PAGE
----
Russia Hits the Reset Button

Russian has reversed its foreign-policy course in recent months, a change marked by important overtures to the West in general, and efforts to improve relations with the US in particular. In the face of new challenges, including China's rise and the global economic crisis, passionate defense of a diminished status makes less sense than practical efforts to arrest decline and enhance Russia’s real power.

MOSCOW – NATO soldiers marching in Red Square on V-E Day; Moscow agreeing on a compromise resolution of the 40-year-old sea-boundary dispute with Norway; the sight of Prime Minister Vladimir Putin kneeling at the memorial to the Polish officers murdered by Stalin at Katyn: these are a few glimpses of what a European newspaper described as a kinder, gentler Russia. But three questions immediately arise: Is this real? Why the change? And how to respond to Russia’s new foreign policy?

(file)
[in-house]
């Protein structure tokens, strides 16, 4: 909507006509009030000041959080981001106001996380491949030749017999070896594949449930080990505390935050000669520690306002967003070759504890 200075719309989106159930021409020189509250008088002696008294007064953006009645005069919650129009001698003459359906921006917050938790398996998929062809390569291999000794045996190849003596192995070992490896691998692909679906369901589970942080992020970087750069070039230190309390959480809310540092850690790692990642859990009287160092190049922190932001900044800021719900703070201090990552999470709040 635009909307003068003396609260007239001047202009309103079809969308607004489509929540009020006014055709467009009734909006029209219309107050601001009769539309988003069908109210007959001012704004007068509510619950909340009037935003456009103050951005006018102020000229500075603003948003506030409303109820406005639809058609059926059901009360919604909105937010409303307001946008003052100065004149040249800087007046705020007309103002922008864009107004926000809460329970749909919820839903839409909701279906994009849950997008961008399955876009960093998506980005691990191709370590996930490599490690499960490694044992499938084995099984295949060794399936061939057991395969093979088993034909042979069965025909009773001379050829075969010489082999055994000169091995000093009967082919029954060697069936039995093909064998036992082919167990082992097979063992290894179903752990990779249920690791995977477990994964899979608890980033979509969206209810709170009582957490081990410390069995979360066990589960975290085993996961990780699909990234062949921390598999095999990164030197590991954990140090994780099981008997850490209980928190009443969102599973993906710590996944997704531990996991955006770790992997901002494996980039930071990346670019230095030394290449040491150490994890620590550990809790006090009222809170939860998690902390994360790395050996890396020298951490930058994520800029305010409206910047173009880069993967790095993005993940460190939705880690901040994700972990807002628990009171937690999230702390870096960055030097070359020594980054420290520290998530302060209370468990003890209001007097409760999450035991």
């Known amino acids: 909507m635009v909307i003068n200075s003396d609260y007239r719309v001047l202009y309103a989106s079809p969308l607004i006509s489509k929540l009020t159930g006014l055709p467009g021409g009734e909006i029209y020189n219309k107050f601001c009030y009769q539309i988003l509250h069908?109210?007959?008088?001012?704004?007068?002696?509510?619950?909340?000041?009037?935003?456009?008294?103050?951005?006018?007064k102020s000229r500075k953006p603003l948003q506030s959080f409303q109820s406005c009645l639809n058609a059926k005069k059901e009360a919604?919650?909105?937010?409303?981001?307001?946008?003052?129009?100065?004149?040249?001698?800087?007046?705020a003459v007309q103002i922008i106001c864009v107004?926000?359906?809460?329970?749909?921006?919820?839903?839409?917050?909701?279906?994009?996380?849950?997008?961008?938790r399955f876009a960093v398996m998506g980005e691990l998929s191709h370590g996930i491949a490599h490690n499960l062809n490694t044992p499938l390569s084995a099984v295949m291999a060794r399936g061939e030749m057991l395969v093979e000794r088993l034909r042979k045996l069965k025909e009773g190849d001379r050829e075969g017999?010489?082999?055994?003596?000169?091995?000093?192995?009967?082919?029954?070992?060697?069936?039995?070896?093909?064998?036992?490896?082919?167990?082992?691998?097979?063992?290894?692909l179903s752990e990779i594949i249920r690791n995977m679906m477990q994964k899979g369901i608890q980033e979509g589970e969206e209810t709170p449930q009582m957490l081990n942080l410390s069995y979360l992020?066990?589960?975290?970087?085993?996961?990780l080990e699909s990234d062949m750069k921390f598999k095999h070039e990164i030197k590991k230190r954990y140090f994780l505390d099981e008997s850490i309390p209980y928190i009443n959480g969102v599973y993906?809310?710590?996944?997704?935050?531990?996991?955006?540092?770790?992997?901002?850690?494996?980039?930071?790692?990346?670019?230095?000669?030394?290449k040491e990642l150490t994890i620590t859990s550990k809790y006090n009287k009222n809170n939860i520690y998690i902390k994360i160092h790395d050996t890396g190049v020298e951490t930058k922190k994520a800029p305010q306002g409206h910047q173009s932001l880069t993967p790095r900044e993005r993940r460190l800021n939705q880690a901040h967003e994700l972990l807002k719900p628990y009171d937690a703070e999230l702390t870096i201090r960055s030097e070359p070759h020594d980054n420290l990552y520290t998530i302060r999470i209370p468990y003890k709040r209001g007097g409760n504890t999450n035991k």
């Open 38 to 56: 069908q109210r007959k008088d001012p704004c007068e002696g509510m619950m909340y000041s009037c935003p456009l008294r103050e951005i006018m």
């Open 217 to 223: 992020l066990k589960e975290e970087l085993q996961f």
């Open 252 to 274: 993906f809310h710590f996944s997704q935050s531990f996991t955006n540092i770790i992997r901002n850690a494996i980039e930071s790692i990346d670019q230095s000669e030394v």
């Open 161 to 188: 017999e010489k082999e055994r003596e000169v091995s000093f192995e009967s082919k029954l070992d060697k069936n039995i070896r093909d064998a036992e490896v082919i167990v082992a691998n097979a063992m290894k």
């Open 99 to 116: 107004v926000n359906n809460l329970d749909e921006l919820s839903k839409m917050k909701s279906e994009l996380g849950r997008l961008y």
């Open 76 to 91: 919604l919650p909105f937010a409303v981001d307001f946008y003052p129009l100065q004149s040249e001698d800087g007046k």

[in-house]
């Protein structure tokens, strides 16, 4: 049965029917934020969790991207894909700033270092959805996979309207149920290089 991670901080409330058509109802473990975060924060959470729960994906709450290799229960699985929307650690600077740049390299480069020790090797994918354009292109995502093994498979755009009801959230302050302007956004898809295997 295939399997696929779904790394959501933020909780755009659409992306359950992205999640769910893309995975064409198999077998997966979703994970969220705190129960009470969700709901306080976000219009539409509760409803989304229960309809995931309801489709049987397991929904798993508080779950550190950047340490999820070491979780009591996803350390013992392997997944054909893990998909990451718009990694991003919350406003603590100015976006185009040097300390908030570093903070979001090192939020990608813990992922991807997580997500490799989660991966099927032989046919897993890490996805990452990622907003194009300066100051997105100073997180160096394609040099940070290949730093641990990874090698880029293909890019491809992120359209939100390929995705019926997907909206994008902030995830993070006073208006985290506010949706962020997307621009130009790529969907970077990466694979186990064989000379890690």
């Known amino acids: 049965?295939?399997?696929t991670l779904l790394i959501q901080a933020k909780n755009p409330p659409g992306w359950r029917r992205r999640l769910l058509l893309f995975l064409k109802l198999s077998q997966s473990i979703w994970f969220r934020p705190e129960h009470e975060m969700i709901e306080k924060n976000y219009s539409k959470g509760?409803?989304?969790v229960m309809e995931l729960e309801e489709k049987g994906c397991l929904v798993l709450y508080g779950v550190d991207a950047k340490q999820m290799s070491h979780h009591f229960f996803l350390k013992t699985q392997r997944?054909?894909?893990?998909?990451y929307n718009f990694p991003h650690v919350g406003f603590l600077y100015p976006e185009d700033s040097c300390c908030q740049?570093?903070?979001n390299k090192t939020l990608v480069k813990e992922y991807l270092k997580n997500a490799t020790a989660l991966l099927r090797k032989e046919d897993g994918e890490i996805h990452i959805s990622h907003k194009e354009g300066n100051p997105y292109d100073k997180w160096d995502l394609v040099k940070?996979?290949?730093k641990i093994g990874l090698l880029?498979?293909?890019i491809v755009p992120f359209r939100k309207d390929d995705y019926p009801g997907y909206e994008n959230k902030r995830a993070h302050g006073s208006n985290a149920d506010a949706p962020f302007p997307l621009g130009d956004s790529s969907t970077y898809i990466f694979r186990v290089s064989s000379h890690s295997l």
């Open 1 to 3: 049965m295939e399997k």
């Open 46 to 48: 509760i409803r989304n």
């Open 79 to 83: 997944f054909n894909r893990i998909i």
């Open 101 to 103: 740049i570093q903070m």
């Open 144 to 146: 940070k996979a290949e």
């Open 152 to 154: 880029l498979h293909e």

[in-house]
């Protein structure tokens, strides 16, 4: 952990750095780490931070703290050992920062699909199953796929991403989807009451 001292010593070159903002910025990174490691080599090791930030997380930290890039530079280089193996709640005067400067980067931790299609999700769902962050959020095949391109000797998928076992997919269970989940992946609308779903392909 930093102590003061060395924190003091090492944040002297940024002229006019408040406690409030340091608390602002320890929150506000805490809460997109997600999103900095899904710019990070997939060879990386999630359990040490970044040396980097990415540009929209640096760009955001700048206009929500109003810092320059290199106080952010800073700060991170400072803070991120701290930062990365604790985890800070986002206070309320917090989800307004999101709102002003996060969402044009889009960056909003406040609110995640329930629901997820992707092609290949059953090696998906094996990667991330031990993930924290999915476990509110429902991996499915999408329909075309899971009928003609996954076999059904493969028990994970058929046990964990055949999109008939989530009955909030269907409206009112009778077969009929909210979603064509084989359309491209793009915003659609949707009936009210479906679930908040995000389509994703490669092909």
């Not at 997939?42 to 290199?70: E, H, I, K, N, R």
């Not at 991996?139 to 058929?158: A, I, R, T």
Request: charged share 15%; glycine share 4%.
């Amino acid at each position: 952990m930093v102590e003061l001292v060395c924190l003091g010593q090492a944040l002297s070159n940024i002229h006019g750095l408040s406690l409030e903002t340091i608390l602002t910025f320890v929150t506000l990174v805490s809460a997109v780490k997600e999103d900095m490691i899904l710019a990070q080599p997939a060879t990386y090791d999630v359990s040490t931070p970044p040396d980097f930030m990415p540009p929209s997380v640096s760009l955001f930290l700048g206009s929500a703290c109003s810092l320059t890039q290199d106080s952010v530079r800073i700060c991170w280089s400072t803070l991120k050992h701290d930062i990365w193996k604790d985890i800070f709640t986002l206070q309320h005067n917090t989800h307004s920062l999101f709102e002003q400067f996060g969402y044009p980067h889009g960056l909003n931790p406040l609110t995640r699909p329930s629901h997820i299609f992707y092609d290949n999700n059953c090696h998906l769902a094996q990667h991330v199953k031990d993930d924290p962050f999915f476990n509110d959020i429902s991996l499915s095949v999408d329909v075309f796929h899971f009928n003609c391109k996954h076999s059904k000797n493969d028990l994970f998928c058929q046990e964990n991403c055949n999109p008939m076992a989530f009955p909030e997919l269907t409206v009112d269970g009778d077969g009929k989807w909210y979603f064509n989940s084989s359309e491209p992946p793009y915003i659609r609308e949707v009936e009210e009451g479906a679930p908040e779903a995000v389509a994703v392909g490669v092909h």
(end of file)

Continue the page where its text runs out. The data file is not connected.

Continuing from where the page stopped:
In this case, what you see is what you get. Russia’s tone, especially toward the United States, began to change last year, but the Kremlin’s support for a fourth United Nations Security Council sanctions resolution on Iran demonstrates that, today, there is real substance. Moreover, surrendering territorial claims in the Arctic – the stakes in the dispute with Norway – is no small matter.

Putin’s joint visit to Katyn with Polish Prime Minister Donald Tusk in April was, of course, symbolic. But serious conversations between the two men started last September, during Putin’s visit to Gdansk to mark the 70th anniversary of WWII’s start. The kneeling act was also followed, just three days later, by Russian officials going out of their way to help investigate the air crash in Russia that killed Polish President Lech Kaczynski and scores of Polish dignitaries, and to pay respects to the victims.

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